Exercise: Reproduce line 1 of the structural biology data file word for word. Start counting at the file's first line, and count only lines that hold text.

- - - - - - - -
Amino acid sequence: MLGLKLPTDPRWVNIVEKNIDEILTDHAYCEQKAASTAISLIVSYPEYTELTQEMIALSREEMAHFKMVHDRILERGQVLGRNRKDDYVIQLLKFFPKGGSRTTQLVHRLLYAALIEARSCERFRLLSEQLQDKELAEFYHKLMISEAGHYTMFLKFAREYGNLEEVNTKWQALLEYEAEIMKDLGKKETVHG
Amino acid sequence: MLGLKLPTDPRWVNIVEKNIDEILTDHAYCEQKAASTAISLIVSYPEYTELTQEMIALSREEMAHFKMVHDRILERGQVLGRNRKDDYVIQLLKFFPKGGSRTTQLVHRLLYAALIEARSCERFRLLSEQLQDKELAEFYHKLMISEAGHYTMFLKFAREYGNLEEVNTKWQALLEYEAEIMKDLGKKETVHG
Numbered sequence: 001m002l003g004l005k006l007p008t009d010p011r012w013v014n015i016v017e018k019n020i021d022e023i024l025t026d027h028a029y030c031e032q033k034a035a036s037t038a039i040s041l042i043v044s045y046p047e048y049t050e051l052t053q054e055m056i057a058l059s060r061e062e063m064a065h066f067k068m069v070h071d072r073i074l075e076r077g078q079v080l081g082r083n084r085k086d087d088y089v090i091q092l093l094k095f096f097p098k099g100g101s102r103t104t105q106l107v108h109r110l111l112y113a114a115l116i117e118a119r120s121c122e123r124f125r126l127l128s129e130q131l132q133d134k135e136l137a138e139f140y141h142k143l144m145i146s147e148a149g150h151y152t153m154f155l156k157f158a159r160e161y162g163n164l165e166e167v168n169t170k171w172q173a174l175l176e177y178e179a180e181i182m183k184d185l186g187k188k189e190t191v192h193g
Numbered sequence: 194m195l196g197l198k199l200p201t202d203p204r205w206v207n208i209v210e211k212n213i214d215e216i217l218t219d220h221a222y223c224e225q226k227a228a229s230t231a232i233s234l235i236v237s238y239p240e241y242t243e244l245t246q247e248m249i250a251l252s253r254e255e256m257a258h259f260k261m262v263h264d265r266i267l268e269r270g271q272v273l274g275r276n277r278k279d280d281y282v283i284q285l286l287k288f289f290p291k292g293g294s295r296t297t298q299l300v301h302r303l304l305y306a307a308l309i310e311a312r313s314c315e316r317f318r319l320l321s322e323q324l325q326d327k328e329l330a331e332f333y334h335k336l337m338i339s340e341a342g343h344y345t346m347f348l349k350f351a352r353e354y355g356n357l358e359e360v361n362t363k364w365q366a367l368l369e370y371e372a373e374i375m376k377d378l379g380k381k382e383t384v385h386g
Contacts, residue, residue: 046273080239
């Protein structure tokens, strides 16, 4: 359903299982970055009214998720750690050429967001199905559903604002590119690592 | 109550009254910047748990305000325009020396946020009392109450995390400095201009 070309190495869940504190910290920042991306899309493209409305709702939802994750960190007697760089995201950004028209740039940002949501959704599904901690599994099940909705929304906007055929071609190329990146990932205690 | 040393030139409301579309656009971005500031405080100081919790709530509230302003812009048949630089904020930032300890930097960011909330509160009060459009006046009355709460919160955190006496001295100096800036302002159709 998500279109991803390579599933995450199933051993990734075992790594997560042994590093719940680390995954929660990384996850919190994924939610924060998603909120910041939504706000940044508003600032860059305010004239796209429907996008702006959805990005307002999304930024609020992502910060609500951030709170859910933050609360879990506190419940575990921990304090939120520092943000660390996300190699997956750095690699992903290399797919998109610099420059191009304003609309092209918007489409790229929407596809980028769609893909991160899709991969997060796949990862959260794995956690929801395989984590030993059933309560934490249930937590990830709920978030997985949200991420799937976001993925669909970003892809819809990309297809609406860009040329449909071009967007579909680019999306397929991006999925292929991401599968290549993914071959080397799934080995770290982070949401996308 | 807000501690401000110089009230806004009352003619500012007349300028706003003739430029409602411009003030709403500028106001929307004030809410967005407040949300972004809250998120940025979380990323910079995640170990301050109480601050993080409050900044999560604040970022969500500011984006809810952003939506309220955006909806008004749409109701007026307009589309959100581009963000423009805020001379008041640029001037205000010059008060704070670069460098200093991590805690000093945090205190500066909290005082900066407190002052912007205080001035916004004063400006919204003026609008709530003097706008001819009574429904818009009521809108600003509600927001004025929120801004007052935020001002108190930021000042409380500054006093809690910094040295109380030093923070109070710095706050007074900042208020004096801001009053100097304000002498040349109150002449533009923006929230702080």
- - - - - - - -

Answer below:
Amino acid sequence: MLGLKLPTDPRWVNIVEKNIDEILTDHAYCEQKAASTAISLIVSYPEYTELTQEMIALSREEMAHFKMVHDRILERGQVLGRNRKDDYVIQLLKFFPKGGSRTTQLVHRLLYAALIEARSCERFRLLSEQLQDKELAEFYHKLMISEAGHYTMFLKFAREYGNLEEVNTKWQALLEYEAEIMKDLGKKETVHG